I met Erica at a Creative Discipleship event where we were learning to give ourselves permission to take creative expression to the pages of our Bibles. Erica and I have not interacted much since then as she moved 10 hours away, but here is what I saw from that first meeting. Erica loves people. She craves community and values authenticity. She owns her story and intentionally looks for God in the pages of her life, even if it is difficult to find his fingerprints. Please read Erica’s words with a teachable heart. We need to hear these stories, to own our failures as The Family. Erica is part of our family, and we need to set a place at the table for her and others who walk similar roads.
Dear sanctuary I never felt safe in,
Hello readers, I’m Erica and I am a 23 year old alcoholic and drug addict. If I continue to grow in my relationship with Christ and do the other things my fellowship (Alcoholics Anonymous) tells me to do, I will have a year of sobriety in August. I come from a Baptist home and was raised in the church until I was given the choice to stop attending around the age of 12, a year after I began my love affair with drugs and alcohol.
Throughout high school I occasionally attended my parents church as a hail Mary type of deal. I thought I would get immediate relief and it would fix all the problems I was causing for myself. My lifestyle was no secret to the community of my suburban city. I was told I was unwelcomed in a Sunday school class because I was a “party girl”. I was completely ignored during the social part before the lesson started. I would sit in a room full of 50 to 60 kids who knew who I was and never approached. A leader in my class who knew my dad told me I was an embarrassment to my family and I should be ashamed of my actions. People in that class point blank came up to me and told me getting drunk was a sin so I was probably going to hell. As a 17 year old in the throws of an addiction I was hurting and so broken. I went to church hoping to find peace and acceptance and love but I was greeted with disgust and misunderstanding.
By the time I was graduating from high school I was scared for my life. My addiction was killing my soul and slowly ruining my life. Out of fear and in an attempt to “fix” my problems I chose to go to a small private Christian university. I attended the University of Mary Hardin-Baylor for 3 and a half years. I wasn’t too excited about going to a Christian school because most of the interactions I had had with people who claimed the name of the Lord weren’t good. However, God was faithful and brought me one person who I could see the light of Him in.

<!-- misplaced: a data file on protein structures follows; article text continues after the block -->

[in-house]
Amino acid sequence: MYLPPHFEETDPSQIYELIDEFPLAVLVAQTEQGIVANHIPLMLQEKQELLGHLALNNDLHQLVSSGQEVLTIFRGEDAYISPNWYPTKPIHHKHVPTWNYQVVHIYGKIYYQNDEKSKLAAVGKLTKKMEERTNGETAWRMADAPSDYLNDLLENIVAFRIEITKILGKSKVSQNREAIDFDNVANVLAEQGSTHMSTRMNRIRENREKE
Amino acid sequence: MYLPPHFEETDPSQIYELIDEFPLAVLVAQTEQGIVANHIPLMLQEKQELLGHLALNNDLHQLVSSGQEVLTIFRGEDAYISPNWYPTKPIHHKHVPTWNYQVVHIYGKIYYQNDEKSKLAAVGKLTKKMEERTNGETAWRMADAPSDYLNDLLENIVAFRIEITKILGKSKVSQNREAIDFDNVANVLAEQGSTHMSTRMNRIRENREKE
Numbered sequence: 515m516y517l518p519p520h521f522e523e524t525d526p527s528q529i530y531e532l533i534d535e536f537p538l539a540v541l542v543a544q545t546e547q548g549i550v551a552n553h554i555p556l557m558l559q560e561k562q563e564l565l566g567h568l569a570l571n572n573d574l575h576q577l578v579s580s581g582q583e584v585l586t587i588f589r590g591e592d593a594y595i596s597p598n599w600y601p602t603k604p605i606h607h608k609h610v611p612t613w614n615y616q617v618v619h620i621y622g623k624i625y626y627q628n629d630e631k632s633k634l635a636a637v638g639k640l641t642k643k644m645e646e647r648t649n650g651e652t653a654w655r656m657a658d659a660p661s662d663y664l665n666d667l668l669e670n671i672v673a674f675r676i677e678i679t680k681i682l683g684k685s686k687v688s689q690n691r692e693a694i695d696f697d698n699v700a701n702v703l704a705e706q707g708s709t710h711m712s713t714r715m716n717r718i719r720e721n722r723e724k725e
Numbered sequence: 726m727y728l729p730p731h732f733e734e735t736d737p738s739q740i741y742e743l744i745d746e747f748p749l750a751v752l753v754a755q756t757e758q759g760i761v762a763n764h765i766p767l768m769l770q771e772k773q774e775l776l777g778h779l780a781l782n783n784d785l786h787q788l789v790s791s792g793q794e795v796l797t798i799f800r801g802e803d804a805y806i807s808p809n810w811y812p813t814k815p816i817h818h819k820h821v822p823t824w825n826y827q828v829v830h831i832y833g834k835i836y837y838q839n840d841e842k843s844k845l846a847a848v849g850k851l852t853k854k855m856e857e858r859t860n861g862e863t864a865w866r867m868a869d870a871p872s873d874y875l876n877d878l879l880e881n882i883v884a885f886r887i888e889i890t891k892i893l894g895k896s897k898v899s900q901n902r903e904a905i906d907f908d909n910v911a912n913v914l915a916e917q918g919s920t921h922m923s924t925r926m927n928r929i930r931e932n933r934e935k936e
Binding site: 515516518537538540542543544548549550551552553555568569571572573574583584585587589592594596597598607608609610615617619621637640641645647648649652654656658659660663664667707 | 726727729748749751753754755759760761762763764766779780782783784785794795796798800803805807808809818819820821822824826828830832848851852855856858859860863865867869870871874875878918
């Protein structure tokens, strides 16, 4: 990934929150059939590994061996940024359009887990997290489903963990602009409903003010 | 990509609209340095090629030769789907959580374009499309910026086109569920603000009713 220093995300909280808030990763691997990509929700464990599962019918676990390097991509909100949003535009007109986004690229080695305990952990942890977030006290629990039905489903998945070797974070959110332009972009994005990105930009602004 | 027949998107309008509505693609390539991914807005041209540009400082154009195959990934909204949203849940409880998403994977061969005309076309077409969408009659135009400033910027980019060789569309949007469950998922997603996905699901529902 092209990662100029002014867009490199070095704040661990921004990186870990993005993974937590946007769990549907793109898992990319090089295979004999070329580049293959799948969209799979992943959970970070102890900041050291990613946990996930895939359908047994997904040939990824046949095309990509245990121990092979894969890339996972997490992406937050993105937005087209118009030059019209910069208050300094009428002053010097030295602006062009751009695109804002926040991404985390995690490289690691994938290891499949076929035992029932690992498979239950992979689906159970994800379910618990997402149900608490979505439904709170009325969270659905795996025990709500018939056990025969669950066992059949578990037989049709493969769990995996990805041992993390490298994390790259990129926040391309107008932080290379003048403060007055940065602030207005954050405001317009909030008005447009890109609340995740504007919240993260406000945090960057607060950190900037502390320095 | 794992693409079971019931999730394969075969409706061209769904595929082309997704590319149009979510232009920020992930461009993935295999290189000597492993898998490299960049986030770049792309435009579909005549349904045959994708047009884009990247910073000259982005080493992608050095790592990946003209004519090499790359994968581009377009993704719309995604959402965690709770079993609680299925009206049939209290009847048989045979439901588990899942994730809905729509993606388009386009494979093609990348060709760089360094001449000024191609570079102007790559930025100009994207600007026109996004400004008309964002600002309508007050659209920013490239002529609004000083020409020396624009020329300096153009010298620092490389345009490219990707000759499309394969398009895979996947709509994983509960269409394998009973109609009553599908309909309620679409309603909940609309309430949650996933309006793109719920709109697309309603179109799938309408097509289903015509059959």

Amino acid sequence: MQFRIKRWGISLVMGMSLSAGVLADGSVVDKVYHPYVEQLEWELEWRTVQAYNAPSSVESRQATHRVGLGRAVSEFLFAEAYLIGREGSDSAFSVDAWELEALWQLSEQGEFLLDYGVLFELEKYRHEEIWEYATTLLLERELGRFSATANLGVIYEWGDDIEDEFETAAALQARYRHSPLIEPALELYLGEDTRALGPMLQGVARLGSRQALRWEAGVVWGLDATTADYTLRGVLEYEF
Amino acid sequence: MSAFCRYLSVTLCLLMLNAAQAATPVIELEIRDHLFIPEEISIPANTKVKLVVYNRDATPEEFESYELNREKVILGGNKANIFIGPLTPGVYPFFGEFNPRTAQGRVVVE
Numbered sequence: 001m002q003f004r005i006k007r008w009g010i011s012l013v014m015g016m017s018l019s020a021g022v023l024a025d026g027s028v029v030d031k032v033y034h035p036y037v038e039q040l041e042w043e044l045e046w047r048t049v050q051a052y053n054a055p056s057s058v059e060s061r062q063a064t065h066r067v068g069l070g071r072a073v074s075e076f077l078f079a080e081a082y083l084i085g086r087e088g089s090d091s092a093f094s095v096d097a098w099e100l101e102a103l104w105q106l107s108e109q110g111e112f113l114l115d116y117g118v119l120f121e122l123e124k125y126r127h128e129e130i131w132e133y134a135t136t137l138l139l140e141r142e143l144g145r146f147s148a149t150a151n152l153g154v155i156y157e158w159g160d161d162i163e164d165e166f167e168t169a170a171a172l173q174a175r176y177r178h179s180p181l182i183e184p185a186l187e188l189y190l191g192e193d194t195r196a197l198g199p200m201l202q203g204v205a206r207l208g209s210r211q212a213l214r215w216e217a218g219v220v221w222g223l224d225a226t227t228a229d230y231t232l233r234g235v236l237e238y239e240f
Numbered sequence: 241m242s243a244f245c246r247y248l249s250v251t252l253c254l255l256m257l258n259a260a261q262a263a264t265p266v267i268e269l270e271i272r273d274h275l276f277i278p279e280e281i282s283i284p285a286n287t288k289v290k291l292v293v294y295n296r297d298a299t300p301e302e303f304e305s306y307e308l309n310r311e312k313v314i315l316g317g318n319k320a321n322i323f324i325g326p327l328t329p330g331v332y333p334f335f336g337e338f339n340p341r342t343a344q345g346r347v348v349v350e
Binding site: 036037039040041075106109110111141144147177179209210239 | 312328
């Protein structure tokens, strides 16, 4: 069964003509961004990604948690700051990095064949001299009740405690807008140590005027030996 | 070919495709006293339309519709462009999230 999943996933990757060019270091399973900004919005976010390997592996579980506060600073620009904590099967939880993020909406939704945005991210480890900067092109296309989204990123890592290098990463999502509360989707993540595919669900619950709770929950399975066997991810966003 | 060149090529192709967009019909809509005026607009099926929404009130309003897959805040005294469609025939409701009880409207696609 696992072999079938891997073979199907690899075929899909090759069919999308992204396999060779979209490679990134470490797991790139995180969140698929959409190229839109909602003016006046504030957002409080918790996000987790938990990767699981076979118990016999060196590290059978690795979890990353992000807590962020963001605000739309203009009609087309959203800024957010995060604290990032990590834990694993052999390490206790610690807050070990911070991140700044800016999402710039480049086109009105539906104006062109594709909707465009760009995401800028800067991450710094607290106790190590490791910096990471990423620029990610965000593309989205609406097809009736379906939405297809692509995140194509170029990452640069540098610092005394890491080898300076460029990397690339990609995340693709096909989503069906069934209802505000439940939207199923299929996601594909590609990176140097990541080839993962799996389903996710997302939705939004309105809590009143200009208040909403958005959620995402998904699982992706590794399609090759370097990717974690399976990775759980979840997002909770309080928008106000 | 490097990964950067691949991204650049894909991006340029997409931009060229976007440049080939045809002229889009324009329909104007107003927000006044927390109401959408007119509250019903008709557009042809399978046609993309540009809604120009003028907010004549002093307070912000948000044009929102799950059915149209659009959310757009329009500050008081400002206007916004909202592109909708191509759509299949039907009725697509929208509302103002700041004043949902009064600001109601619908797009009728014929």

Throughout our time at UMHB she spent many nights consoling my broken spirit and my intoxicated body, but loved me anyways. She taught me about grace and how we all fall short of the glory of God. She never pushed me to know Jesus, she just let me watch how He worked in her own life. She showed me how she got through trials by leaning on the Father. I was resentful at the church for a long time. Since getting sober I have really had to evaluate my view on religion and the church. I realized that the church is made up of people who, just like me, are imperfect. My sins are no different than the people I met at church who treated me poorly. I am at fault if I judge every single church based off of the experience I had with one Sunday school class.
There is a quote from the Big Books of Alcoholics Anonymous that really helped to soften my soul towards organized religion and keep my heart in check. “We looked at the human defects of these people, and sometimes used their shortcomings as a basis of wholesale condemnation. We talked of intolerance, while we were intolerant ourselves. We missed the reality and the beauty of the forest because we were diverted by the ugliness of some of its trees.” (BB of AA page 50).
That perfectly sums up how I feel about the church. The sanctuary I never felt safe in is now a building made up of imperfect people who were all made in the sight of the Lord. I have been called to love, regardless of anyone’s actions. I think I needed to know the pain of being rejected in order to understand the importance of showing everyone love and acceptance.
Erica Joy LaHouse